Response to Letters Regarding Article, “Two-Year Clinical Outcomes With Drug-Eluting Stents for Diabetic Patients With De Novo Coronary Lesions: Results From a Real-World Multicenter Registry”
We thank Barlis and colleagues for their legitimate1 query about the ability of the propensity score regression technique to balance covariates between the somewhat heterogeneous groups. Our decision to report the results of a propensity score regression analysis conducted across the overall study population was based on a number of considerations. Nevertheless, application of propensity score matching (as suggested by Barlis and colleagues) in 2 well-balanced but smaller groups (253 patients each) substantially confirms the main results. Indeed, the result for the main outcome measure (major events at 24 months in terms of death/myocardial infarction/target vessel revascularization) for patients treated with drug-eluting stents was practically identical to that of the published analysis: After propensity score matching, the hazard ratio (HR) versus those treated with bare metal stents was 0.77 (95% confidence interval [CI], 0.54 to 1.10); the HR without matching was 0.77 (95% CI, 0.59 to 1.01). The results of the matched analysis were also consistent for death (HR, 0.84; 95% CI, 0.50 to 1.41) and death/myocardial infarction (HR, 0.82; 95% CI, 0.53 to 1.25). The only apparent difference was a loss of statistical significance for target vessel revascularization (HR, 0.70; 95% CI, 0.42 to 1.14 with matching versus 0.66; 95% CI, 0.46 to 0.96 without matching), perhaps because of the more limited numbers.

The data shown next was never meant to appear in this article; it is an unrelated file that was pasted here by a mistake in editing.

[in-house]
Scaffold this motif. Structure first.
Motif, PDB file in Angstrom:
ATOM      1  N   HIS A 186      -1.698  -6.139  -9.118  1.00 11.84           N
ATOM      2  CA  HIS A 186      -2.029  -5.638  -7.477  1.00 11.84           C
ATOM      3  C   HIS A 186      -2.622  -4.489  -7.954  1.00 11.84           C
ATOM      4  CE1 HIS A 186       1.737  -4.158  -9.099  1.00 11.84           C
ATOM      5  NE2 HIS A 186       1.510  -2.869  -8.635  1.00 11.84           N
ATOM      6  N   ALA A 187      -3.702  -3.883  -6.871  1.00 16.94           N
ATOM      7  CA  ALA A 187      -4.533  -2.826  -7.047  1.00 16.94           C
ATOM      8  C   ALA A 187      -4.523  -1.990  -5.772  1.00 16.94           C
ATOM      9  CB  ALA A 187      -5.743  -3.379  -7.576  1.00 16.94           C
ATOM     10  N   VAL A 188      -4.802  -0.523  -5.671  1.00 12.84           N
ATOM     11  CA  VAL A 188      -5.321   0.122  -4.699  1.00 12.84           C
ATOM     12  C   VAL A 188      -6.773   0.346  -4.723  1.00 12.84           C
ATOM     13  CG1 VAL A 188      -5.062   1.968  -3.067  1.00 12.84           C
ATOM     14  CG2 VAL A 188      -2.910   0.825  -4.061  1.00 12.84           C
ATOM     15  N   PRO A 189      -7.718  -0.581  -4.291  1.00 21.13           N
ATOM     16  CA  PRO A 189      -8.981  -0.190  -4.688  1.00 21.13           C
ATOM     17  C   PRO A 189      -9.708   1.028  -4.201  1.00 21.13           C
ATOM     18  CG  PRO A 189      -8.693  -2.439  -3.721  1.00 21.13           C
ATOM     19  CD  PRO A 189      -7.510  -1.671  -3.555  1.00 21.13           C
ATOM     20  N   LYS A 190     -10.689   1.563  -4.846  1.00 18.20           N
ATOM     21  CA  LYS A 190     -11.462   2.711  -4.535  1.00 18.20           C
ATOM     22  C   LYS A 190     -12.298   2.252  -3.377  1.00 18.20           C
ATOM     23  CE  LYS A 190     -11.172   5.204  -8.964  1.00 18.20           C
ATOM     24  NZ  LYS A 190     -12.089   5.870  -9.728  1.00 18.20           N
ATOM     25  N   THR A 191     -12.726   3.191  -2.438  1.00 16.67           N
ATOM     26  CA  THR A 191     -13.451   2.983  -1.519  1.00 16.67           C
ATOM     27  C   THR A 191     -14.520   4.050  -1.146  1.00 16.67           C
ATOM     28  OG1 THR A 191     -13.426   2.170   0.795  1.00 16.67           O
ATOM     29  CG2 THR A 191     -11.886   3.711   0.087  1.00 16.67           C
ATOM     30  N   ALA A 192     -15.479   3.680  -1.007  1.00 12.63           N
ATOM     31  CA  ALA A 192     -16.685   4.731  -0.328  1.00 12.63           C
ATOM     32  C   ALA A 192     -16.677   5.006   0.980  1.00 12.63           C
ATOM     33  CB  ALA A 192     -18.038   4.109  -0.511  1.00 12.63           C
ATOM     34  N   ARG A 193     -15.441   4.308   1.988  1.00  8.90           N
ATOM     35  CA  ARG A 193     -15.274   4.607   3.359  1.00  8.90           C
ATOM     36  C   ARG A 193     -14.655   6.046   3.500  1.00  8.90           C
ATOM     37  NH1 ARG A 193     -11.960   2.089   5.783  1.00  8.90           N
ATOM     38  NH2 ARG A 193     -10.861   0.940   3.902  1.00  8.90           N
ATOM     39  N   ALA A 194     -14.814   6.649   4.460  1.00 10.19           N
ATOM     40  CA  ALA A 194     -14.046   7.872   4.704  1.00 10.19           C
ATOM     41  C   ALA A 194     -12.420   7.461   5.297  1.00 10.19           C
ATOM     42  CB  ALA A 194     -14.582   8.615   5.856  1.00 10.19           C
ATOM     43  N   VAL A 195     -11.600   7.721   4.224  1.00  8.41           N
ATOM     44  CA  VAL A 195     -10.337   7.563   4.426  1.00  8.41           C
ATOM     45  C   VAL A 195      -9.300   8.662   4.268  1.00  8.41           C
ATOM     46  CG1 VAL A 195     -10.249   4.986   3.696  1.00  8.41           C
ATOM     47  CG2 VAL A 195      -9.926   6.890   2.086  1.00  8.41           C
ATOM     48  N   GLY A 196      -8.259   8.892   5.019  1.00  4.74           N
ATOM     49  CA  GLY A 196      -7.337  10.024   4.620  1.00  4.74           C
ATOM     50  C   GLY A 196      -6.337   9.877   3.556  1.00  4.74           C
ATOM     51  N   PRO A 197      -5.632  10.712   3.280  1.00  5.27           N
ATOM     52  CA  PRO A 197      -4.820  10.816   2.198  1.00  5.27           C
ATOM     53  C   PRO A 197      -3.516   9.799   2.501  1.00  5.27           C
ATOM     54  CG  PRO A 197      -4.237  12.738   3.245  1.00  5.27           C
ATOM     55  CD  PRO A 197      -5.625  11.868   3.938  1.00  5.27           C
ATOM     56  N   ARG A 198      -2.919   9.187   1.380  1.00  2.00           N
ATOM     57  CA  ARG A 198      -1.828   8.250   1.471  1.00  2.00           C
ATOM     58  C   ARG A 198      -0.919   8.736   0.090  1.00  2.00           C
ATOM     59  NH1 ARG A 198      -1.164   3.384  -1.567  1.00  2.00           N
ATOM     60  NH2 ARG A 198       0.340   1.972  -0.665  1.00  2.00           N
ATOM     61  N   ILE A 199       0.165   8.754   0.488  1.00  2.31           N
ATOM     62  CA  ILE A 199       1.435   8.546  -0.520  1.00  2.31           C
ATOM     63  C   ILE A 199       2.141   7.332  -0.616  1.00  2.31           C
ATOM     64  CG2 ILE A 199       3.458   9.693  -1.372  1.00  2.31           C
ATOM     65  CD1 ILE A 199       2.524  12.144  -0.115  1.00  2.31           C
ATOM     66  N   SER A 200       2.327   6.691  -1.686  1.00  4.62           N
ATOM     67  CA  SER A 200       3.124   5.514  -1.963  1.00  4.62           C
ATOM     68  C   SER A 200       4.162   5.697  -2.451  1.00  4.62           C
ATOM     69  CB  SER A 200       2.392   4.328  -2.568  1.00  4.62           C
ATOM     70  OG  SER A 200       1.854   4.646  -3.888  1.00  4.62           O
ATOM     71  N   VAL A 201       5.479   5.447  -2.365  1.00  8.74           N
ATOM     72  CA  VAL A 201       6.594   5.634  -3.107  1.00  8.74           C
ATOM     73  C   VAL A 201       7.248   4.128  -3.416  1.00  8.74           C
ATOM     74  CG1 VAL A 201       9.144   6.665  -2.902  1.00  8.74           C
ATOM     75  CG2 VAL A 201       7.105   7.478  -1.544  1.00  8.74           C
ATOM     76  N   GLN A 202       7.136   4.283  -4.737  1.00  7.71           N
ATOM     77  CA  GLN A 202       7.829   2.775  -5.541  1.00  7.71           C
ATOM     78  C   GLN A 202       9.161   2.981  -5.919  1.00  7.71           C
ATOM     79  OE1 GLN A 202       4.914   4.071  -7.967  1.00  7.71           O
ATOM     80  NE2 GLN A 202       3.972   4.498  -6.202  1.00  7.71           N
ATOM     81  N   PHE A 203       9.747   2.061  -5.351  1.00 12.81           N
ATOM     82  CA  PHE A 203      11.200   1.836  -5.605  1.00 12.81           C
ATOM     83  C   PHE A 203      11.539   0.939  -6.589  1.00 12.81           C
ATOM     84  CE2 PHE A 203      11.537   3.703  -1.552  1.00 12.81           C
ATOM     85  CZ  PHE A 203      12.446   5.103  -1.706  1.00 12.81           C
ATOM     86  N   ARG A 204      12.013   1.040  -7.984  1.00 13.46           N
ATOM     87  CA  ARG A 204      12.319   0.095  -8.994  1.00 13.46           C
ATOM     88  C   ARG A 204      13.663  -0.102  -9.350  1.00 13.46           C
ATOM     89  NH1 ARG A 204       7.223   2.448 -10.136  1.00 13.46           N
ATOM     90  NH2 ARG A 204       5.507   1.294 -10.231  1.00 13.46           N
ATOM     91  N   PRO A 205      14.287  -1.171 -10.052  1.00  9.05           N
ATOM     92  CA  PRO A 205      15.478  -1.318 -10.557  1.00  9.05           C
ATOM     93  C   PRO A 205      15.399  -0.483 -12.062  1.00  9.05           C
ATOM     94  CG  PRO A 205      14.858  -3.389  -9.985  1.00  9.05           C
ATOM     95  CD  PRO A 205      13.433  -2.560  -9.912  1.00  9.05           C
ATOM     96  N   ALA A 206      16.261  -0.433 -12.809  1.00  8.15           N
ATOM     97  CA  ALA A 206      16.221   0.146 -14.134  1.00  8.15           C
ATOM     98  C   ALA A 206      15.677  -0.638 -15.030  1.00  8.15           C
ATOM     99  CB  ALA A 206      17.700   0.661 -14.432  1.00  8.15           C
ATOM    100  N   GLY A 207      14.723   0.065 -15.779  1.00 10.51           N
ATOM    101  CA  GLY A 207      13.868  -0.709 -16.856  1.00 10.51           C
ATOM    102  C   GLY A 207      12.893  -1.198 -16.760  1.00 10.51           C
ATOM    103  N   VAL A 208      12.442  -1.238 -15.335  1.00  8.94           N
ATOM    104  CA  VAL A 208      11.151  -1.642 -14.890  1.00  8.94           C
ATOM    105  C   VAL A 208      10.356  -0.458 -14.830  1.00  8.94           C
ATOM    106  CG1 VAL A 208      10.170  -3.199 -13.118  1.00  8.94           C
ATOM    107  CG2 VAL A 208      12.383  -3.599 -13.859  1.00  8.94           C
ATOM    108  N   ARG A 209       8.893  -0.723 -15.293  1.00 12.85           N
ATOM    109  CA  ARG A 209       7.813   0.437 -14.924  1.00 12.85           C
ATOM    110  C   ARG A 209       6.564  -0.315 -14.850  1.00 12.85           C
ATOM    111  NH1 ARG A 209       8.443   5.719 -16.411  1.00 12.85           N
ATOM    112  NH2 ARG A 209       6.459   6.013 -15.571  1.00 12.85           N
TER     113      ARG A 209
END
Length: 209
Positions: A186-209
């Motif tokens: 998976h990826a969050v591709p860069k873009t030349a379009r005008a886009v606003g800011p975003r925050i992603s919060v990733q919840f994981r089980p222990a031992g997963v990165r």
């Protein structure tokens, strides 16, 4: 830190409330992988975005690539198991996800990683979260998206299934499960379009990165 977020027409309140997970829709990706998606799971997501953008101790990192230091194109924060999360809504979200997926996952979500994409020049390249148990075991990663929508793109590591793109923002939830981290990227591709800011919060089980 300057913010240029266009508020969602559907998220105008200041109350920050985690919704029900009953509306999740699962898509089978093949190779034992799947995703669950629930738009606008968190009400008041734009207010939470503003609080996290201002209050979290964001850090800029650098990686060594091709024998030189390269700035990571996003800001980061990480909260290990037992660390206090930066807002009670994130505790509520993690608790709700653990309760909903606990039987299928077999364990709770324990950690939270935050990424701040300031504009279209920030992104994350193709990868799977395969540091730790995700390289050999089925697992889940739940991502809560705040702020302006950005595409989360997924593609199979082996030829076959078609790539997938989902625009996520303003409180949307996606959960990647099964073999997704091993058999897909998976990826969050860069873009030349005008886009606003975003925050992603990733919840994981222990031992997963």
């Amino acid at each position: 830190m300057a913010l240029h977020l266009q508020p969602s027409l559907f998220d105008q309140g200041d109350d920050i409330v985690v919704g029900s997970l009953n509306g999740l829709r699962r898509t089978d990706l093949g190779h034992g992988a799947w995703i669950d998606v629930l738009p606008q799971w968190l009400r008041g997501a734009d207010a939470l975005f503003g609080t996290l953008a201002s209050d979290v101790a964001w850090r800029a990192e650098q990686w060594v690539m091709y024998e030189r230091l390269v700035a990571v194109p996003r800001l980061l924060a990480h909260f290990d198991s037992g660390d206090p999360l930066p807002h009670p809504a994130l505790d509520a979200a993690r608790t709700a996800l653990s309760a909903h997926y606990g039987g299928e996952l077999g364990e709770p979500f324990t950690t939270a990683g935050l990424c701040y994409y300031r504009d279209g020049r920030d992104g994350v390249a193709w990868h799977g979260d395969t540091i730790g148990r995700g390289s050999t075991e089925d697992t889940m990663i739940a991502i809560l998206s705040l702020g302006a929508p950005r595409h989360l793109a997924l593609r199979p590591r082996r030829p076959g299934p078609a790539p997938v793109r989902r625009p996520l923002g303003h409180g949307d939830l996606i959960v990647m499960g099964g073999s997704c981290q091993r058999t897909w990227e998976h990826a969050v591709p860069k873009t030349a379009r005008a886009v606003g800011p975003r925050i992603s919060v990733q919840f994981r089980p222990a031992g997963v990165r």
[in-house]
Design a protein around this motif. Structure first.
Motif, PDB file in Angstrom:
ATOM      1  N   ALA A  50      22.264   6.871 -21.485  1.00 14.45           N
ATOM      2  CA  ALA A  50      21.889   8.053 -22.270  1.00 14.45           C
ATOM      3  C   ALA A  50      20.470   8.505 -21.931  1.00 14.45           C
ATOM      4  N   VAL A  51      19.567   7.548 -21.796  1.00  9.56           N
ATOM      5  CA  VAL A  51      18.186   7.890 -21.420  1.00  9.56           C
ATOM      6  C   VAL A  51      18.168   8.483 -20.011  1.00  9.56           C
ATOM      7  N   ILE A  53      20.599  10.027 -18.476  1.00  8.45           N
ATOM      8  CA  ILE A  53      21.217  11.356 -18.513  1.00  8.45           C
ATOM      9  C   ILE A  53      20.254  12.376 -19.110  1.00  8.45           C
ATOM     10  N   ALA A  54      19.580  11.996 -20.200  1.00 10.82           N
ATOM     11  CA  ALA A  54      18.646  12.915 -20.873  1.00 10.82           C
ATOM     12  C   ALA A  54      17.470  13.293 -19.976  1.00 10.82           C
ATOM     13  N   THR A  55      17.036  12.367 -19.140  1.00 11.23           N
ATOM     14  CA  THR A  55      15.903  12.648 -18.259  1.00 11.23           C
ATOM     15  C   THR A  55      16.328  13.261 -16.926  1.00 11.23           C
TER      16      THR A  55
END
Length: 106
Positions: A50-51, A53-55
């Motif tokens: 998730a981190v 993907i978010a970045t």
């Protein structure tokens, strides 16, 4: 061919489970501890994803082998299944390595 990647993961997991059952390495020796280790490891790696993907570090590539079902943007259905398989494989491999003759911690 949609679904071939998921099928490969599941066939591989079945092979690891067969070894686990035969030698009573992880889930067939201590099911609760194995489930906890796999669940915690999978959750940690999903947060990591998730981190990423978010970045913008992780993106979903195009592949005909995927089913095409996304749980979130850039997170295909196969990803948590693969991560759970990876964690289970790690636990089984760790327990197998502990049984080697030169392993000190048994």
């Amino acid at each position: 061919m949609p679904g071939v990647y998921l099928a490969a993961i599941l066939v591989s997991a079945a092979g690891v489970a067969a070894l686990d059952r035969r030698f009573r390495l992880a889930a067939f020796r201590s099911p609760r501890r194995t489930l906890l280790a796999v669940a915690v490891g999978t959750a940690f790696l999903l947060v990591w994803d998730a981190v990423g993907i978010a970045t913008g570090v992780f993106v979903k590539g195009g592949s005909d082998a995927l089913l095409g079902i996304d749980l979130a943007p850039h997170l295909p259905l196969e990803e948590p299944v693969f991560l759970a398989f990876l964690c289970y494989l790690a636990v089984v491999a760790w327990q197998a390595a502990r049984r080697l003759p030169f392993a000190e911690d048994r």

Relative to the other points raised by Barlis and colleagues, for a cohort study focusing on 2-year clinical outcome we believe that the (inevitable) lack of angiographic follow-up data cannot be considered a weakness, especially given the absence of evidence on the clinical relevance of (or benefits of treating) “silent” restenosis. Indeed, we think that angiographically driven target vessel revascularization could lead to overestimates of the clinical benefits of drug-eluting stents.2 We avoided (in full agreement with the editors of the journal) reporting subgroup comparisons of the different types of drug-eluting stents, which would have been extremely vulnerable to type 2 statistical errors because of the limited numbers (for the record, no statistical trend was apparent). As we acknowledged in the article, the registry data precluded use of the Academic Research Consortium classification of stent thrombosis.3
In reply to Dr Watada, we do recognize in retrospect that the subgroup of patients using insulin therapy (composed of type 1 and type 2 diabetic patients) enrolled in our study should have been termed “insulin requiring” (as distinct from “insulin dependent”) in accordance with the established guidelines.4 We would like to thank Dr Watada for highlighting the relevance of this distinction.
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